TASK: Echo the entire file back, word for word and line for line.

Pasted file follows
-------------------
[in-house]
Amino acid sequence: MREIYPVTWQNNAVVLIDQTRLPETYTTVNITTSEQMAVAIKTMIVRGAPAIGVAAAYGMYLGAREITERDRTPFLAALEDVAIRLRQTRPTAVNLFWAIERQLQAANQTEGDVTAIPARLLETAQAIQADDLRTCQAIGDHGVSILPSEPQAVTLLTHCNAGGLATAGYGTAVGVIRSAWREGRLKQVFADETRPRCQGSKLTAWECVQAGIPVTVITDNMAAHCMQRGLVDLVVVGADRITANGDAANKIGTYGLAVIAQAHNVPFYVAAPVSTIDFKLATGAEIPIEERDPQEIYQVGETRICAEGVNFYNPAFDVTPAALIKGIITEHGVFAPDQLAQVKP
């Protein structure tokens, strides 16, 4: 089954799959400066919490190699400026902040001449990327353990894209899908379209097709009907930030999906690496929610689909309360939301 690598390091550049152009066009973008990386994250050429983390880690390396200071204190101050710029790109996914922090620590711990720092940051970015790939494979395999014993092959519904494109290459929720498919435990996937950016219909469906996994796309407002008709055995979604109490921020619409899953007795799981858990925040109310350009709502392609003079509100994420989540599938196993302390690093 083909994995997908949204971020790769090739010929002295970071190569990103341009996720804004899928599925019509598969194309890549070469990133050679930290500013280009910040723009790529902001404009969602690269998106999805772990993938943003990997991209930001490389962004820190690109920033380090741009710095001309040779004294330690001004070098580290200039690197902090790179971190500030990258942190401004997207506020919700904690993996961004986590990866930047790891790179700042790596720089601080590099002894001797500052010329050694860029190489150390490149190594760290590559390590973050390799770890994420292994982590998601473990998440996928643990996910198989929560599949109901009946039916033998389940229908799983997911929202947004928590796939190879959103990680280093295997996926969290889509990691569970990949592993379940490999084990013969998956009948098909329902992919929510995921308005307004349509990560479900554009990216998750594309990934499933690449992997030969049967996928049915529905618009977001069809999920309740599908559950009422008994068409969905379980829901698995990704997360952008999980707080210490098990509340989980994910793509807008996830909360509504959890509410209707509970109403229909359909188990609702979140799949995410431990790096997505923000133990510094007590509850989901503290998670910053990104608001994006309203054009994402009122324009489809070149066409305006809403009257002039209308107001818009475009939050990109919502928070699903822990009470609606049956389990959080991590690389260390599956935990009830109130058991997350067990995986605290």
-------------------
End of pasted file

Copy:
[in-house]
Amino acid sequence: MREIYPVTWQNNAVVLIDQTRLPETYTTVNITTSEQMAVAIKTMIVRGAPAIGVAAAYGMYLGAREITERDRTPFLAALEDVAIRLRQTRPTAVNLFWAIERQLQAANQTEGDVTAIPARLLETAQAIQADDLRTCQAIGDHGVSILPSEPQAVTLLTHCNAGGLATAGYGTAVGVIRSAWREGRLKQVFADETRPRCQGSKLTAWECVQAGIPVTVITDNMAAHCMQRGLVDLVVVGADRITANGDAANKIGTYGLAVIAQAHNVPFYVAAPVSTIDFKLATGAEIPIEERDPQEIYQVGETRICAEGVNFYNPAFDVTPAALIKGIITEHGVFAPDQLAQVKP
């Protein structure tokens, strides 16, 4: 089954799959400066919490190699400026902040001449990327353990894209899908379209097709009907930030999906690496929610689909309360939301 690598390091550049152009066009973008990386994250050429983390880690390396200071204190101050710029790109996914922090620590711990720092940051970015790939494979395999014993092959519904494109290459929720498919435990996937950016219909469906996994796309407002008709055995979604109490921020619409899953007795799981858990925040109310350009709502392609003079509100994420989540599938196993302390690093 083909994995997908949204971020790769090739010929002295970071190569990103341009996720804004899928599925019509598969194309890549070469990133050679930290500013280009910040723009790529902001404009969602690269998106999805772990993938943003990997991209930001490389962004820190690109920033380090741009710095001309040779004294330690001004070098580290200039690197902090790179971190500030990258942190401004997207506020919700904690993996961004986590990866930047790891790179700042790596720089601080590099002894001797500052010329050694860029190489150390490149190594760290590559390590973050390799770890994420292994982590998601473990998440996928643990996910198989929560599949109901009946039916033998389940229908799983997911929202947004928590796939190879959103990680280093295997996926969290889509990691569970990949592993379940490999084990013969998956009948098909329902992919929510995921308005307004349509990560479900554009990216998750594309990934499933690449992997030969049967996928049915529905618009977001069809999920309740599908559950009422008994068409969905379980829901698995990704997360952008999980707080210490098990509340989980994910793509807008996830909360509504959890509410209707509970109403229909359909188990609702979140799949995410431990790096997505923000133990510094007590509850989901503290998670910053990104608001994006309203054009994402009122324009489809070149066409305006809403009257002039209308107001818009475009939050990109919502928070699903822990009470609606049956389990959080991590690389260390599956935990009830109130058991997350067990995986605290």